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Friday, January 13, 2006


Super 14: Bulls put on their poker faces


Everybody thinks they know what to expect from the Bulls, the top finishing South African team in the Super 12 tournament last year. But will the side, minus veteran captain Anton Leonard, produce something new in the inaugural Super 14 tournament this year or will it be much of the same?

Bulls assistant coach Mike Bayly wasn't giving too much away, but he did hint that the Pretoria-based franchise might have a few aces up their sleeves.

"You always got to have an element of surprise," Bayly told this website.

But then came the rider.

"However, if you move away from your strengths it is a big danger. The key is to find a good balance between the two," Bayly said.

So the Bulls' probably won't move too far away from their forward-orientated game, but it would still be interesting to see what new moves they will come up with.

The first indication of what the Bulls really have up their sleeves will come at Ellis Park in Johannesburg on Saturday, when they go up against neighbours the Cats with two teams in the first round of pre-season fixtures.

Bayly said they will make the trip across the Jukskei River to Johannesburg with two teams of fairly equal strength.

"We'll look at some combinations, but generally it is an exercise to ensure the players get into the swing of it," Bayly said.

He added that the focus would be more on how the teams perform, rather than what individuals do.

"We are very team based and team orientated. We look to see where and how the individuals fit into the it in the team setup.

"The most important is the team aspect of our game," he added.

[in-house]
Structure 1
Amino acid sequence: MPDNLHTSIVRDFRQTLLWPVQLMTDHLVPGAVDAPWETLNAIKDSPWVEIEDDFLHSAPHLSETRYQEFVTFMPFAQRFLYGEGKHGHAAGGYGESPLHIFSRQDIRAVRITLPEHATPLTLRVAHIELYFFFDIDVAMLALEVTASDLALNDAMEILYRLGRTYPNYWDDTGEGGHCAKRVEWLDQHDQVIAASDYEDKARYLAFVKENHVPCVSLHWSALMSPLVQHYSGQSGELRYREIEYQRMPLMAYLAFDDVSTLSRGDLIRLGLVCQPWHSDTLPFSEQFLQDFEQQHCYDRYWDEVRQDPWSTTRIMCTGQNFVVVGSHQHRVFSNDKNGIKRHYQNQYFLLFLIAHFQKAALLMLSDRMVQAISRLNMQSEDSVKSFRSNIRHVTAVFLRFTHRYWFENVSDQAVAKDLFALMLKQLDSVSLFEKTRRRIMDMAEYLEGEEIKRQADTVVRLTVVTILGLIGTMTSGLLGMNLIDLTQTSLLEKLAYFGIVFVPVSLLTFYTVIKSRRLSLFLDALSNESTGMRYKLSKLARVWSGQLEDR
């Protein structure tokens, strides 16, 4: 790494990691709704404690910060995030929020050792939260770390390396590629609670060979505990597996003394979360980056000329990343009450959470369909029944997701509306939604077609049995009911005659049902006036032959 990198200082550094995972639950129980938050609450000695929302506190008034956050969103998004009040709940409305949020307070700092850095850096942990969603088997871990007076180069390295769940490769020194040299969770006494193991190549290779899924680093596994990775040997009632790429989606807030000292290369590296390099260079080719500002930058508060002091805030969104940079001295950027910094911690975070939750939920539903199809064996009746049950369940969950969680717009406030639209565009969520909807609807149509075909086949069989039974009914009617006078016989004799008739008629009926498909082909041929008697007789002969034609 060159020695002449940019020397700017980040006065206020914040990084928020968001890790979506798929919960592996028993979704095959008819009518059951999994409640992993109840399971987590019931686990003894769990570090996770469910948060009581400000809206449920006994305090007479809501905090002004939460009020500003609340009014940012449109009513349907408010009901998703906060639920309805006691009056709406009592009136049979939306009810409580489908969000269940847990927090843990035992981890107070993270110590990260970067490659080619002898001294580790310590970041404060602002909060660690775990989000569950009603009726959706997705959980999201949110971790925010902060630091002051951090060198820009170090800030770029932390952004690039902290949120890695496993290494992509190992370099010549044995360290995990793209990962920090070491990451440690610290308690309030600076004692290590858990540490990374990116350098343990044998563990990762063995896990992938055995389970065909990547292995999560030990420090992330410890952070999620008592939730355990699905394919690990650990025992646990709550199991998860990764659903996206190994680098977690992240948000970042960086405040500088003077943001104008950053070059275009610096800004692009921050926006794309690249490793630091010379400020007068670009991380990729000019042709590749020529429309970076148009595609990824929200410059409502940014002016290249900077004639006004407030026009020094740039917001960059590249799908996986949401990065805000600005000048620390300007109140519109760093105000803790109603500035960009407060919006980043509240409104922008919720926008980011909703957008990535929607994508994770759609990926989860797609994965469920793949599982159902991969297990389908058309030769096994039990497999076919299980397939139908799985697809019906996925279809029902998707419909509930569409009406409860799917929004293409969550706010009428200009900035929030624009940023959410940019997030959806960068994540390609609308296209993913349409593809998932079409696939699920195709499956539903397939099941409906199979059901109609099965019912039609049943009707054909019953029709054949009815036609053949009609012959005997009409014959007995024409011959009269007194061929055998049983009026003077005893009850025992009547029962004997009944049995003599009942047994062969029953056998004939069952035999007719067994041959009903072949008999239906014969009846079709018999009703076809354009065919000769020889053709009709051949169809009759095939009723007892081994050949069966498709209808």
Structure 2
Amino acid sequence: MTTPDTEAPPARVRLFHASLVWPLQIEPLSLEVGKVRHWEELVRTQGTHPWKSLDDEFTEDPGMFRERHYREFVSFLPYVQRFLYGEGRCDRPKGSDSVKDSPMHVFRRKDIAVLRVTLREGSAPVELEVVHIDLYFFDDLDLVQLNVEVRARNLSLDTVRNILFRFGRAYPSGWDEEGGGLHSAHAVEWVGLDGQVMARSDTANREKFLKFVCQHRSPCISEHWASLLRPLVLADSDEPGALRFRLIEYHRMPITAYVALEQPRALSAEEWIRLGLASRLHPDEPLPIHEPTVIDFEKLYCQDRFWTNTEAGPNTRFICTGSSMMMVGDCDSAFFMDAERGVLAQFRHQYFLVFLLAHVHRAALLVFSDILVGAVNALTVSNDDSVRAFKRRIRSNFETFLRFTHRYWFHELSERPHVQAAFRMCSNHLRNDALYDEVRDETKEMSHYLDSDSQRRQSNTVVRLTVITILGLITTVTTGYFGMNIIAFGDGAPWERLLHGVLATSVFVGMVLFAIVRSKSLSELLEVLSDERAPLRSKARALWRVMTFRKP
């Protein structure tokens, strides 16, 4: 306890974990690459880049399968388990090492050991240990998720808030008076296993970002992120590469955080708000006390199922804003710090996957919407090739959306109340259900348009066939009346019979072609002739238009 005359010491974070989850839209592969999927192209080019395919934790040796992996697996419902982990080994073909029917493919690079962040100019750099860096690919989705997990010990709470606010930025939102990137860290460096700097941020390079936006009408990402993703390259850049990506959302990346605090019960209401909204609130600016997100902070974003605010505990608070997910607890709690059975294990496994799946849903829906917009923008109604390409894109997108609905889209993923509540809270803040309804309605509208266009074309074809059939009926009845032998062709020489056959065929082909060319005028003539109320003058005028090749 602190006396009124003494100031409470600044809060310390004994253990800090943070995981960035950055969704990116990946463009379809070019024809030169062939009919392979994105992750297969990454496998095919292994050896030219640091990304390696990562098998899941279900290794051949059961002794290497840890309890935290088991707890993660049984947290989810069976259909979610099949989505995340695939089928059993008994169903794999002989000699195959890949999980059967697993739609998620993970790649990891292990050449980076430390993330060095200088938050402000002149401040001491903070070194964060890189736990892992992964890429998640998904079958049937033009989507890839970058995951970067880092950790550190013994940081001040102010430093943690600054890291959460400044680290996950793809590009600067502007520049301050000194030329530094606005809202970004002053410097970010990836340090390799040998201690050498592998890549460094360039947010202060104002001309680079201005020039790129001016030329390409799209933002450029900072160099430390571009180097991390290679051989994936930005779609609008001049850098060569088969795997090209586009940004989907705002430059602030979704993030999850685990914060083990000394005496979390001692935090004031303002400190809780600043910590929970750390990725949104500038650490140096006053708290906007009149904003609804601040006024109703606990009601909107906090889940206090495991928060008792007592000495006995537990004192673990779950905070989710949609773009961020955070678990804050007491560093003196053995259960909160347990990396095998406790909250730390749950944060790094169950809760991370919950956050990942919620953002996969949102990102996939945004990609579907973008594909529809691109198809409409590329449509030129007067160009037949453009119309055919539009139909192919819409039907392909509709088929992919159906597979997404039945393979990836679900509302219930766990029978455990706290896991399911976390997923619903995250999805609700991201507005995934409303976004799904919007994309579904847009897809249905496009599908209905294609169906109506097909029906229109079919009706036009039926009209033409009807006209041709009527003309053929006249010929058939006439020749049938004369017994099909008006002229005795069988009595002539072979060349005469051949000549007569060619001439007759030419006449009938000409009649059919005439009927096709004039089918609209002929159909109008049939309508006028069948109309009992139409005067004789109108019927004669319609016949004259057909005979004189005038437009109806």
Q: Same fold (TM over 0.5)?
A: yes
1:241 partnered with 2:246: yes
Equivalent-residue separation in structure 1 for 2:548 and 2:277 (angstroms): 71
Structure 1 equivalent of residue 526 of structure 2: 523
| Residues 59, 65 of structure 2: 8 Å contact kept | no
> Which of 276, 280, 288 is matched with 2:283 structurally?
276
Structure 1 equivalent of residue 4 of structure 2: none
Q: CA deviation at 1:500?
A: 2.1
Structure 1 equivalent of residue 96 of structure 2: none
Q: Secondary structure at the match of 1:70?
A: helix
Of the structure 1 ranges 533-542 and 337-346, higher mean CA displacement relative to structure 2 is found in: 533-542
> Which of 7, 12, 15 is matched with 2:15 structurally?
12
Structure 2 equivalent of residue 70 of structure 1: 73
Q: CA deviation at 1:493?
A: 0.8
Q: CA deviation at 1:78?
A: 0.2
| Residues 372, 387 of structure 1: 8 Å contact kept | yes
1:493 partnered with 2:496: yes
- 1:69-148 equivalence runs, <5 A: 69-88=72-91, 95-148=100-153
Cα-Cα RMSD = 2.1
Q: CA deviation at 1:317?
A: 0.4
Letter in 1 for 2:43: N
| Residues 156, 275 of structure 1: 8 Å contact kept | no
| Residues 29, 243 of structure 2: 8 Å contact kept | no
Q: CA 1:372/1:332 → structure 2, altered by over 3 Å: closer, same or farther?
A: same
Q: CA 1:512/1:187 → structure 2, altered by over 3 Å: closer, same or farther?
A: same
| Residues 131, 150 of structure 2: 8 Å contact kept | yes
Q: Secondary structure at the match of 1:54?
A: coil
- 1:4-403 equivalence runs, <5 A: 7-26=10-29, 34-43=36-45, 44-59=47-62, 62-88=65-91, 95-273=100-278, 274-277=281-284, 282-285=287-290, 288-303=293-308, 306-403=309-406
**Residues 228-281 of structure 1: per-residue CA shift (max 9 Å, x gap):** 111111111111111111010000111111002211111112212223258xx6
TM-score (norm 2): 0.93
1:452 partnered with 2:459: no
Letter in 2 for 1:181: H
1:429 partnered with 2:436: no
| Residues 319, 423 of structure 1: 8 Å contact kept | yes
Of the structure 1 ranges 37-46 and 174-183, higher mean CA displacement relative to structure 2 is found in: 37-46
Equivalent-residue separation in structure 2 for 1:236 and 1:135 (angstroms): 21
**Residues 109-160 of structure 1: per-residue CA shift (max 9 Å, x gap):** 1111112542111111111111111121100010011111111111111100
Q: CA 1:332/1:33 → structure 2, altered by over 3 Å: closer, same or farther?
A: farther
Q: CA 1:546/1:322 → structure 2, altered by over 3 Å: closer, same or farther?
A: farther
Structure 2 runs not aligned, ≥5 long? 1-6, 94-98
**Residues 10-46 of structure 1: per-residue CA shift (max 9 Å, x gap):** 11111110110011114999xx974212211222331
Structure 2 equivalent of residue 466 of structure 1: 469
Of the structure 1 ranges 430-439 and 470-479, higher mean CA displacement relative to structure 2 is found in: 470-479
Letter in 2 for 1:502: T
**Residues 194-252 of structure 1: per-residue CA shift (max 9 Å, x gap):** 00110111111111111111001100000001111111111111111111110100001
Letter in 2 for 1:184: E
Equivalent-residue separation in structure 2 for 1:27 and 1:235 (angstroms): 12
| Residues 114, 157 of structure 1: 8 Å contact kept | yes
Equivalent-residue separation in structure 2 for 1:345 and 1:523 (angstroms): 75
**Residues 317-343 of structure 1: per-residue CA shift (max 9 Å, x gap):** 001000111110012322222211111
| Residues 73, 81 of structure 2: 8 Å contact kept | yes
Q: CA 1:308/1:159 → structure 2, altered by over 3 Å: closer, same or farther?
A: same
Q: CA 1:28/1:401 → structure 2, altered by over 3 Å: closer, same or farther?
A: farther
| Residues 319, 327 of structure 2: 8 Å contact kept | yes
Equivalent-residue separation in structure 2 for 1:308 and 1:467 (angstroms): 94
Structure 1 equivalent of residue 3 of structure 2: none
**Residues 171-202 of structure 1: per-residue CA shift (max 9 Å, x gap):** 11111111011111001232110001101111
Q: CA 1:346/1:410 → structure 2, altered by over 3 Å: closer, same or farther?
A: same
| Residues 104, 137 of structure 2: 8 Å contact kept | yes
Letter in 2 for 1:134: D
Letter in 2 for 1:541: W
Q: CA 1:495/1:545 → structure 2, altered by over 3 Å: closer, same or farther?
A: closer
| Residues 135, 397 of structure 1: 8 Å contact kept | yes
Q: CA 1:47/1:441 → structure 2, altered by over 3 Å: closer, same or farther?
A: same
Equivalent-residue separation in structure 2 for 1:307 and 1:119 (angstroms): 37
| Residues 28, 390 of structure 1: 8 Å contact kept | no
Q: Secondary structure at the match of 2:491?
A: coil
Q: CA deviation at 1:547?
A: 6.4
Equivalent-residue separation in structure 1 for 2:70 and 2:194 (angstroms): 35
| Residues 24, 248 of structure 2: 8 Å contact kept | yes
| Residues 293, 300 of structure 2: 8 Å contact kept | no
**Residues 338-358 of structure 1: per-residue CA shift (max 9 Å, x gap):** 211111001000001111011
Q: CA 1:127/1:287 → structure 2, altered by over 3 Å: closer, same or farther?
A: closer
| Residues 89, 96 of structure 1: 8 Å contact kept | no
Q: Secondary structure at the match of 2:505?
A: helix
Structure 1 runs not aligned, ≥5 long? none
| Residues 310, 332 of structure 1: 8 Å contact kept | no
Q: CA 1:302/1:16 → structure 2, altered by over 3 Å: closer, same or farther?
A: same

Apart from their two-team raid on Johannesburg (against the Cats), the Bulls will head to Cape Town next week to face the Stormers and will then launch another two-pronged assault on the Sharks at Sun City on January 28.

It is a tall order, facing three of South Africa's top teams (also their S14 rivals) in three successive pre-season weekends.

But Bayly feels it is necessary to get some tough games under the belt in order to be in the best condition possible when the tournament proper starts.

"We have a break very early in the competition. We've got three very tough games [against Cheetahs in Bloemfontein in Round One, the Brumbies in Pretoria and Waratahs in Pretoria] before we have a break.

"It is vital that we have a good start and we don't want to have early-season jitters and struggle in our first game," Bayly said.

At least the Bulls have the advantage of a very settled team.

Apart from having lost a couple of senior players - veteran captain Anton Leonard having gone into retirement and the death of stalwart centre Ettienne Botha - the Bulls have very much the same combination that has done duty for them in the Super 12 and Currie Cup the past few years.

"Yes, it is a very big advantage to have such a settled combination," Bayly said. "If you have that continuity the players know the systems and you know what to expect."

The only remaining question is how newcomers like Dries Scholtz and Rudi Coetzee will slot into the set-up.

Scholtz is actually a former Bulls player who returned to the Kimberley region, where he grew up, for a few years and now decided to rejoin his former teammates in Pretoria. "He knows what we're all about," Bayly said.

"Rudi Coetzee is a very skillful player and he shouldn't have problems slotting in," he added.

"We'll look at some combinations, but generally it is an exercise to ensure the players get into the swing of it,"


And no matter what spin the media tries to put on these so-called warm-ups you can read absolutely nothing into them because firstly the players need to get intoi the swing of things. The coaches are still testing combinations and no player or coach wants a player out with an injry before a game is played in anger.

Only the Cats, Cheetahs and Stormers can expect hard games against the Spears.
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